I've often found myself falling into new habits by accident.
In 2002, I was working at a call center hawking credit cards. I would regularly outperform most of my peers using a strategy that differed greatly from what they taught new hires. Rather than attempt to sell to each person that answered the phone, I did my best to get each person answering the phone to hang up on me. This greatly reduced call times and allowed me to reach far more people in a given workday. In the rare instances when someone did not hang up, I reasoned that they must have some minimal interest from the first few keywords I said in my initial boring spiel, and so used that hook to get them to sign up. In a work environment where my colleagues were getting an average of one sale each day, I was getting 3-5 daily.
I was not much interested in working long hours, so I told my manager at the time that I'd rather work 2-3 days each week than the full 40 hours. I figured that since I did more sales in those 2-3 days than others did in a full week, it would be an easy pitch. But they were limited by corporate rules and didn't really have the leeway to let me do as I wanted. I then asked, somewhat jokingly, what if I just quit halfway through the week; would they be willing to rehire me the next week since I'm skilled at the job? To my surprise, they said yes. And so I would work until Tuesday or Wednesday each week, quit, and they'd rehire me the following Monday. It was their way of keeping me while still not going against what corporate had mandated.
This rather strange situation resulted in a happy circumstance. One Tuesday, I quit, as I did each week, and I drove past Spring Hill College on my way home. Because I had technically had no work obligations for the future, on a whim I decided to stop by and see if they'd let me start classes. The first day of classes had been that Monday, so I would be entering rather late, but they were excited to accept me anyway, and I went to my first class the very next day.
In 199X, I was driving across the country to someplace new to start over. I wasn't yet sure where I'd go; I had contacted two places announcing my intention to move in: one in Utah and one in Colorado. I was halfway there when I reached the intersection of interstate highways where I'd need to choose one destination or another. There was more traffic in one direction, so I chose the other. This small happenstance resulted in my living in Colorado for a few years.
In 201X, I had been living long-term in a hotel. A fire came, burning several of my possessions, and convincing me that I should perhaps move to a real house. On a whim, I did a nationwide craigslist search for the cheapest rent home that included all utilities and had hi-speed internet access. The cheapest ad at the time was in Tennessee, so I sent them an email, had a quick call over the phone, and moved in three days later.
A few weeks ago, I had to stay a little late after work. It was a Friday night, and by the time I was ready to leave, the Uber fares had surged through the roof. I was unwilling to pay the extra price, and didn't really feel like taking the metro, so I instead decided to use the gym downstairs. I worked out for two hours and so thoroughly enjoyed myself that I decided to workout after work more often. Now I use the gym 2-3 times each week for a couple of hours after work.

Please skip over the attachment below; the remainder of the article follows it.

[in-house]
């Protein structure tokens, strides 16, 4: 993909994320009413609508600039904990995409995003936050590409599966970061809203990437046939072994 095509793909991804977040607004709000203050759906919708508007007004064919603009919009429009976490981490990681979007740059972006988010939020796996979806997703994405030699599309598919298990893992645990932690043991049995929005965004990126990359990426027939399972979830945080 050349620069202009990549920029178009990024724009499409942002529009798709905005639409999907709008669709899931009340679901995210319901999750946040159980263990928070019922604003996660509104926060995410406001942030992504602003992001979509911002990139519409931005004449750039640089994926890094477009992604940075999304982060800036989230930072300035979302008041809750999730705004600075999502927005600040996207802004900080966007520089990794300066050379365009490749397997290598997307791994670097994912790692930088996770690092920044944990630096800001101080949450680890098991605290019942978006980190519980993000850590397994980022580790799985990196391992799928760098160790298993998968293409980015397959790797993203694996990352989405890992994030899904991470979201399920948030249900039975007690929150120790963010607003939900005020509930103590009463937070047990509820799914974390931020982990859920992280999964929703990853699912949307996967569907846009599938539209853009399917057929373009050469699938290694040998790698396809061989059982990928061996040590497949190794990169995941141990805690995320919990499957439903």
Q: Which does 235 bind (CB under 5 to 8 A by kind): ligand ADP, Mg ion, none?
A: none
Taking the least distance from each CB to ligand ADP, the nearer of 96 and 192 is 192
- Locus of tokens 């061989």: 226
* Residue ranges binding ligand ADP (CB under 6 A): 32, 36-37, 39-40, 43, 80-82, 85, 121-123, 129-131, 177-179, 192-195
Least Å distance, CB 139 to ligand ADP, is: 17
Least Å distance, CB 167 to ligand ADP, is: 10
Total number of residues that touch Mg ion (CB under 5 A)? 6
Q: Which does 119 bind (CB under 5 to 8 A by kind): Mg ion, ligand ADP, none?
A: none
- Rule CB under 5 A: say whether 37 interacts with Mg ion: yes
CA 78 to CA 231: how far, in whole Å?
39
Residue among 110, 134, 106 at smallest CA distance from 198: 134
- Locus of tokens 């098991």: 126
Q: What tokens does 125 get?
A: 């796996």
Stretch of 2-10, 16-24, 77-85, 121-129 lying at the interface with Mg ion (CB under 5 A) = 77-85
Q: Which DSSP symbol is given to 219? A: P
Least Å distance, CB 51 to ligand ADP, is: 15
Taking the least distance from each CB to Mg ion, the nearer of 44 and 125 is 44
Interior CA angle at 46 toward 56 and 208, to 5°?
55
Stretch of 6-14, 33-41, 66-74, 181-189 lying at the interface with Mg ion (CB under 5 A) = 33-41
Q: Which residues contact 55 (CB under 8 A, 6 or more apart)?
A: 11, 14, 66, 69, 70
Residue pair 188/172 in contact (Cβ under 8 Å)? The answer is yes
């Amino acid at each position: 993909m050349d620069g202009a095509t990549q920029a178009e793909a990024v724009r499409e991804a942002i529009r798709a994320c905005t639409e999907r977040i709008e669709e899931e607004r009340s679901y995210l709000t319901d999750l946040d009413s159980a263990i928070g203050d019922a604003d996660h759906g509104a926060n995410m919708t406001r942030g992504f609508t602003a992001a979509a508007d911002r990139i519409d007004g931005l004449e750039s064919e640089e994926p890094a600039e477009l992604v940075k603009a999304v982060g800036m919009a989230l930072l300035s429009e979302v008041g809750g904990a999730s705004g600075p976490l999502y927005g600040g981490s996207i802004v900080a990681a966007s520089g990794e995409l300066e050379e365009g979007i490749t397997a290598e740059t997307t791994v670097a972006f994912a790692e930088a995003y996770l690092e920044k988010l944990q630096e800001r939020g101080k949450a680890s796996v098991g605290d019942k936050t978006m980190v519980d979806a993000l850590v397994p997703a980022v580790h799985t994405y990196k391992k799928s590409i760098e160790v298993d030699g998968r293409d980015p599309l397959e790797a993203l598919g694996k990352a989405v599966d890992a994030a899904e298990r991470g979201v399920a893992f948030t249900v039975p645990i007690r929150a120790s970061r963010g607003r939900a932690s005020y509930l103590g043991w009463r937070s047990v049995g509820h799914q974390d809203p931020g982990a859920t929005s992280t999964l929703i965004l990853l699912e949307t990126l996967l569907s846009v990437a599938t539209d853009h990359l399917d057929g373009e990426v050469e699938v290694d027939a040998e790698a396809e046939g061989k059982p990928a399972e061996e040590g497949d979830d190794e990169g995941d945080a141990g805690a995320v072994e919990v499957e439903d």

When I think of the many choices I've made in life, I often wonder about what might have been. How easily I might have moved into an academic career in philosophy, or stayed as a high school dropout for my entire life. How I came to identify with the effective altruism movement even while I was working for an extremely ineffective charity. How I came to have a relationship with my father when I could have so easily not contacted him or interacted with him at all. And yet so many more things in my life came about just by chance, not choice. Not just the above items, but the chance that allowed me to be good at math, rather than sports. To be born in relative affluence, rather than in a developing country. To have met such wonderful people in my life, mostly because I happened to be born and lived near them.
It is because of these many accidents that I really think hard about how I should negotiate with my future selves. I fear value drift, and yet they deserve consideration as much as I. So much of who I am and what I value is just from chance. Should I be multiplying our vector values so that we can work toward the same goals? Or is it enough for me to just allow them to be different, even if I disagree strongly with their beliefs? What duties do I owe them beyond what I would owe my neighbors? What duties do they owe me?
Even more keen is the past: What obligations have I been ignoring that have to do with my past selves? I clearly remember making a promise to build a theme park centered on dinosaurs when I grew up. Yet I don't see any chance of my ever fulfilling such a strange promise. What about that earlier intent to earn a PhD? Or the prejudiced leanings of someone who used to use the word "gay" as a derogatory term?
I see the moral arc of my life as trending upward, but it is perhaps unfair for my present self to be the one judging that. Would my earlier self see it trending downward? What of my far future self? Am I justified in just being a bad neighbor to my temporal selves? I tolerate Trump supporters in my community, but not really among my close friends. Am I being hypocritical here?
These are tough questions. I need to think on them more. This is the least I owe to my other temporal selves, both past and future.
Post a Comment